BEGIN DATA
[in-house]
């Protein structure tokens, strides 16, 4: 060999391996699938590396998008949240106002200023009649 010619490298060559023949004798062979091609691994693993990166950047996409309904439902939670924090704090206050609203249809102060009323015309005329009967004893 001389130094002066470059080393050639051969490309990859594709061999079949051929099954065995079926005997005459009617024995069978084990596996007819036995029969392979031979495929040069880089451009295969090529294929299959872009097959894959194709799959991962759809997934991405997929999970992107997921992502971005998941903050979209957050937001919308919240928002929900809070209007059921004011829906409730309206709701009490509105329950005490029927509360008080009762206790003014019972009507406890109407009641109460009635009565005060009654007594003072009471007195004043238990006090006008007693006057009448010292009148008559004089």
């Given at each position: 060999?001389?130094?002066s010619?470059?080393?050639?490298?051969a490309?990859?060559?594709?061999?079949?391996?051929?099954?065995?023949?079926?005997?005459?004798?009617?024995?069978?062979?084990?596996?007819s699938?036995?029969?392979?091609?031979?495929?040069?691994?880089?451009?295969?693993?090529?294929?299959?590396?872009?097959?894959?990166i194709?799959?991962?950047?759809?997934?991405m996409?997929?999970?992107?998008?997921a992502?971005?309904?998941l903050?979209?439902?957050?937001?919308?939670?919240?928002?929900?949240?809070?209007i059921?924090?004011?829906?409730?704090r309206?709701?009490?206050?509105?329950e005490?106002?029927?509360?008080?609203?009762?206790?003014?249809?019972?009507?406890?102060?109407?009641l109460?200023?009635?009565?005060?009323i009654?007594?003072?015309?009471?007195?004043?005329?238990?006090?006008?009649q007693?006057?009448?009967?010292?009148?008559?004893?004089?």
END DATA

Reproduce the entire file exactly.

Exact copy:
[in-house]
């Protein structure tokens, strides 16, 4: 060999391996699938590396998008949240106002200023009649 010619490298060559023949004798062979091609691994693993990166950047996409309904439902939670924090704090206050609203249809102060009323015309005329009967004893 001389130094002066470059080393050639051969490309990859594709061999079949051929099954065995079926005997005459009617024995069978084990596996007819036995029969392979031979495929040069880089451009295969090529294929299959872009097959894959194709799959991962759809997934991405997929999970992107997921992502971005998941903050979209957050937001919308919240928002929900809070209007059921004011829906409730309206709701009490509105329950005490029927509360008080009762206790003014019972009507406890109407009641109460009635009565005060009654007594003072009471007195004043238990006090006008007693006057009448010292009148008559004089």
């Given at each position: 060999?001389?130094?002066s010619?470059?080393?050639?490298?051969a490309?990859?060559?594709?061999?079949?391996?051929?099954?065995?023949?079926?005997?005459?004798?009617?024995?069978?062979?084990?596996?007819s699938?036995?029969?392979?091609?031979?495929?040069?691994?880089?451009?295969?693993?090529?294929?299959?590396?872009?097959?894959?990166i194709?799959?991962?950047?759809?997934?991405m996409?997929?999970?992107?998008?997921a992502?971005?309904?998941l903050?979209?439902?957050?937001?919308?939670?919240?928002?929900?949240?809070?209007i059921?924090?004011?829906?409730?704090r309206?709701?009490?206050?509105?329950e005490?106002?029927?509360?008080?609203?009762?206790?003014?249809?019972?009507?406890?102060?109407?009641l109460?200023?009635?009565?005060?009323i009654?007594?003072?015309?009471?007195?004043?005329?238990?006090?006008?009649q007693?006057?009448?009967?010292?009148?008559?004893?004089?």